YouTube will now run ads on small creators’ videos without giving them a revenue


    YouTube is the largest video sharing platform in the world. As of now, YouTube is nothing less than compared to any binge-worthy platform. It is chosen by today’s generation for everything from education to entertainment. Majority of people believe that YouTube is where you can get everything in one place. And, ads on YouTube is inevitable nowadays.

    Recently, Google upgraded the terms and use in regards to displaying more ads on YouTube. Means, Google will run ads on small creators’ YouTube Video, but won’t offer them an ad revenue as they do no meet the requirement for YPP (YouTube Partner Program).

    The update in ‘YouTube Terms of Service‘ called “right to monetize” claims, the creator who has not signup with YPP “may see ads on some of your videos,” it states:

    “You grant to YouTube the right to monetize your Content on the Service (and such monetization may include displaying ads on or within Content or charging users a fee for access). This Agreement does not entitle you to any payments. Starting November 18, 2020, any payments you may be entitled to receive from YouTube under any other agreement between you and YouTube (including for example payments ​under the YouTube Partner Program, Channel memberships or Super Chat) will be treated as royalties. If required by law, Google will withhold taxes from such payments.”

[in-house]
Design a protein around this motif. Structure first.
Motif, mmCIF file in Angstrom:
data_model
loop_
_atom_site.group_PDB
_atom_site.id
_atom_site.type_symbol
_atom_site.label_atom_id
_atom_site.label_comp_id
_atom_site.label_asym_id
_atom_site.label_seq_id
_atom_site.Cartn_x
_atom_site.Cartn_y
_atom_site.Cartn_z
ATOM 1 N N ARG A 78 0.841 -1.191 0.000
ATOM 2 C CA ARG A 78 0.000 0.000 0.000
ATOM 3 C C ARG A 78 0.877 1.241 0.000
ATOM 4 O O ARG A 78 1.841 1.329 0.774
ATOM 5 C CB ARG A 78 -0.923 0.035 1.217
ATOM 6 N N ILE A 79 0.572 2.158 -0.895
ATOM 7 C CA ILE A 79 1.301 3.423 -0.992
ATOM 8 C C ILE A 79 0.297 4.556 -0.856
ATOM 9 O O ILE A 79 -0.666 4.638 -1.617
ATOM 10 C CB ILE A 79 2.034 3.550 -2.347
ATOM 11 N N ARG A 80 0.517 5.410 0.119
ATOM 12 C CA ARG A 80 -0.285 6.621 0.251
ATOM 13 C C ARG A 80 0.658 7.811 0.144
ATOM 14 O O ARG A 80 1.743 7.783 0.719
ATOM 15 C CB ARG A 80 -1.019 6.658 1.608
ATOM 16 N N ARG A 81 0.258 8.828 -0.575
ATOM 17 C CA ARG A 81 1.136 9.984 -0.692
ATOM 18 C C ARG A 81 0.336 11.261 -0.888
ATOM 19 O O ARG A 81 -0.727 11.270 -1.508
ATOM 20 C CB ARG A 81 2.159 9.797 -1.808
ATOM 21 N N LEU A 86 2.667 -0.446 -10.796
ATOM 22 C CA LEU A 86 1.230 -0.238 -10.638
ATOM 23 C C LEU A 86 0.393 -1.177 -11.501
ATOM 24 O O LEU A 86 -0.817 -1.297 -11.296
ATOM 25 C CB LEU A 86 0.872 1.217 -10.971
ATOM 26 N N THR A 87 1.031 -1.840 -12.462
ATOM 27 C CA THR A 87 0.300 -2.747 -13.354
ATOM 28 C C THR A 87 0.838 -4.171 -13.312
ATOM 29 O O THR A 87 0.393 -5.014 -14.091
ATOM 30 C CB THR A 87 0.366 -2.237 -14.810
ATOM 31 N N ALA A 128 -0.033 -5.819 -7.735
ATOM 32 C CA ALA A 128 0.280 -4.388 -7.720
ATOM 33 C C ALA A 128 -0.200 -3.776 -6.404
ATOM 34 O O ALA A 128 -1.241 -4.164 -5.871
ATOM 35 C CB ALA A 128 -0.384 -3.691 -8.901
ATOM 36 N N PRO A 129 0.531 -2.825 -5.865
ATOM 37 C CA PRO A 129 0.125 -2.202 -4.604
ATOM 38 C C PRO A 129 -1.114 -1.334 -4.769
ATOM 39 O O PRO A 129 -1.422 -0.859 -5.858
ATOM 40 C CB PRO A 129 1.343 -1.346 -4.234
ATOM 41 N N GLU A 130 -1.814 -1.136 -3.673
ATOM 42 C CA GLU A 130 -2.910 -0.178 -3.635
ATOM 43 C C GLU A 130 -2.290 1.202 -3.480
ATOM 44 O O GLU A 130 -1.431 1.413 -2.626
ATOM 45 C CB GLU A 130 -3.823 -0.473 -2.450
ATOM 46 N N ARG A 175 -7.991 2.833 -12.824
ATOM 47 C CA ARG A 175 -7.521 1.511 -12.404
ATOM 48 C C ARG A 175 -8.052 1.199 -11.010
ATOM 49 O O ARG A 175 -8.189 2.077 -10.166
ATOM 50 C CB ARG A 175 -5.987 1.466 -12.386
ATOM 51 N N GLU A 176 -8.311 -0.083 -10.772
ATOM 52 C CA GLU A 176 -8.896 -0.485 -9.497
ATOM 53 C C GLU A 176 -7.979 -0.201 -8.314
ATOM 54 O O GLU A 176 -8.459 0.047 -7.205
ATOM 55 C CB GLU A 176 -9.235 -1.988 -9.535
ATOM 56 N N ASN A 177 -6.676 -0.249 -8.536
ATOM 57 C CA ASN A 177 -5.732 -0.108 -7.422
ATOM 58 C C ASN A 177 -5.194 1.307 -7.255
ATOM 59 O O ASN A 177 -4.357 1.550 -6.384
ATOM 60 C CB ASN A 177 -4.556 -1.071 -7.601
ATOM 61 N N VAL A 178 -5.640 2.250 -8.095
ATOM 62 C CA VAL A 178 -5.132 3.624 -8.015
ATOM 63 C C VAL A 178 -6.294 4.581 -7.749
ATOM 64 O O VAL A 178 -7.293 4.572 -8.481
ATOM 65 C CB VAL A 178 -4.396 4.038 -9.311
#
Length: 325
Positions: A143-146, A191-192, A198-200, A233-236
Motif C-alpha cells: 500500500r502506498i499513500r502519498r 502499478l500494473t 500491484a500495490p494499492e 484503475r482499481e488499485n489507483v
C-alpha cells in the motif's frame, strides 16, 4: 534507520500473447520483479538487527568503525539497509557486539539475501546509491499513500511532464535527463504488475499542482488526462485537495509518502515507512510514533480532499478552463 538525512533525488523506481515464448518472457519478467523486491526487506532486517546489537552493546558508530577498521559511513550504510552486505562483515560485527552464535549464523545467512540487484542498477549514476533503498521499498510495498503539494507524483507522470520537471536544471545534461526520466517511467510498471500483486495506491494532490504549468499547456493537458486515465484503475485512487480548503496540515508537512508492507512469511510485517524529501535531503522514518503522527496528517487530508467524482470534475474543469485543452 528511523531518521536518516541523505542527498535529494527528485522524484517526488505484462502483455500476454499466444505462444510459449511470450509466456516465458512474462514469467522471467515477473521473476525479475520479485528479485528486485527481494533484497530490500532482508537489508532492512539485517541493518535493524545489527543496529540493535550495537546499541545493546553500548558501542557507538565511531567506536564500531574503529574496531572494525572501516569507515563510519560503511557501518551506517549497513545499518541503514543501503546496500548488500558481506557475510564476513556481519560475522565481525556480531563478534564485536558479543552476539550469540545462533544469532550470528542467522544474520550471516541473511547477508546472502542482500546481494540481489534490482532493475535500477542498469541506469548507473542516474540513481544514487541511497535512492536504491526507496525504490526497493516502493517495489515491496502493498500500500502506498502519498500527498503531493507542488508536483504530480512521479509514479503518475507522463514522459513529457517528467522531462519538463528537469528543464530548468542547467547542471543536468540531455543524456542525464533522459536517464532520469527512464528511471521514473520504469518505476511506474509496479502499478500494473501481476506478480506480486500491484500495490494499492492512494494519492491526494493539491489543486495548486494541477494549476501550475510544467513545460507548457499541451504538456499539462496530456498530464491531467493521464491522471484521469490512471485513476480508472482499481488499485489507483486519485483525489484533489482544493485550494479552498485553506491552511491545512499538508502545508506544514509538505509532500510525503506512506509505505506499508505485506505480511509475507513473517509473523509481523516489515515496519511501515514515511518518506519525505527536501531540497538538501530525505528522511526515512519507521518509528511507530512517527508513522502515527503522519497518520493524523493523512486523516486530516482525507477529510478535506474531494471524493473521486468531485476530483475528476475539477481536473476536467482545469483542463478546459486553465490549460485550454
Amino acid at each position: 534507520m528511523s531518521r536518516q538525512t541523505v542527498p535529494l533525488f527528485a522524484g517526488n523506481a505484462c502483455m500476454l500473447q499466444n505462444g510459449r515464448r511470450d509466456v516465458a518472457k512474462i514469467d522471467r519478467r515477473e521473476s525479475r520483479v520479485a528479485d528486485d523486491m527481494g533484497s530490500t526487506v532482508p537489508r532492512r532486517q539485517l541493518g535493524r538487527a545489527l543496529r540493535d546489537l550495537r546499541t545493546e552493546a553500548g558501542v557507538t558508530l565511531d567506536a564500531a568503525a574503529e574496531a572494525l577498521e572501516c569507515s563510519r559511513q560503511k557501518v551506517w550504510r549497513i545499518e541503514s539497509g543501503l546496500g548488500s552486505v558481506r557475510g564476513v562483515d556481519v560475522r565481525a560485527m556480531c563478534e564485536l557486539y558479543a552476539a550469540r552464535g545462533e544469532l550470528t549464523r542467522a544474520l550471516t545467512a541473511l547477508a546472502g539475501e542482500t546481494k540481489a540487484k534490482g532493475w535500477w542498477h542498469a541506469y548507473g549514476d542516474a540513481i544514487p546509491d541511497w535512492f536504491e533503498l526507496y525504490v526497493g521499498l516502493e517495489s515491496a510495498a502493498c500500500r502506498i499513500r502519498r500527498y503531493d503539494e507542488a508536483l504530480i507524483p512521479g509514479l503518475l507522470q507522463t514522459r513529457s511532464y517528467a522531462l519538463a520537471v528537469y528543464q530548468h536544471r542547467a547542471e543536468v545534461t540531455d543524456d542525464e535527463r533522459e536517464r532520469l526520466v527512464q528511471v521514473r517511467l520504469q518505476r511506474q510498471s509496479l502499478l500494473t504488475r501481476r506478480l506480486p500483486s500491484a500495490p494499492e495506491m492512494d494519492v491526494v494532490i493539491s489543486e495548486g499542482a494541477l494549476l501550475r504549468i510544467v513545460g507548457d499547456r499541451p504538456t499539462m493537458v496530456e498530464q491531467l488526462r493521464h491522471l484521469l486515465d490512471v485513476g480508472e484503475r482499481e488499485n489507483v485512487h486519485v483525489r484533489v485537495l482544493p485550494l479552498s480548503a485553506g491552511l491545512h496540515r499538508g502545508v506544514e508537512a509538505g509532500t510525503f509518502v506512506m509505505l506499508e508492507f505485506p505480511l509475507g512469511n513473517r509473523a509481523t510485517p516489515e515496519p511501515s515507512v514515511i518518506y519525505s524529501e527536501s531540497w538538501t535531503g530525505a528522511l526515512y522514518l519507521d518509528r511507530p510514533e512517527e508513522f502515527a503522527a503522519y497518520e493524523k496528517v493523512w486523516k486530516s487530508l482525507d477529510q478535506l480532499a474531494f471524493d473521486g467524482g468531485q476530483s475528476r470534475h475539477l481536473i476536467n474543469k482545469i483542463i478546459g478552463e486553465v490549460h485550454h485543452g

YouTube Creators’ who sign-up for the YouTube Partner Program share revenue for displaying ads on their videos. However, the publisher should meet a certain requirement for signing up for YPP. The requirement is to have more than 1000 subscribers and 4000 hours of viewed content over the past 12 month period.

    Google is aggressively pushing more ads on YouTube. YouTube advertises before a video starts, even if it is only a minute or so long. This update is going to affect small creators, but benefit YouTube by allowing them to run more ads on its platform without having to pay many small creators in the process.

    What do you think of this new update in YouTube Terms of Service?

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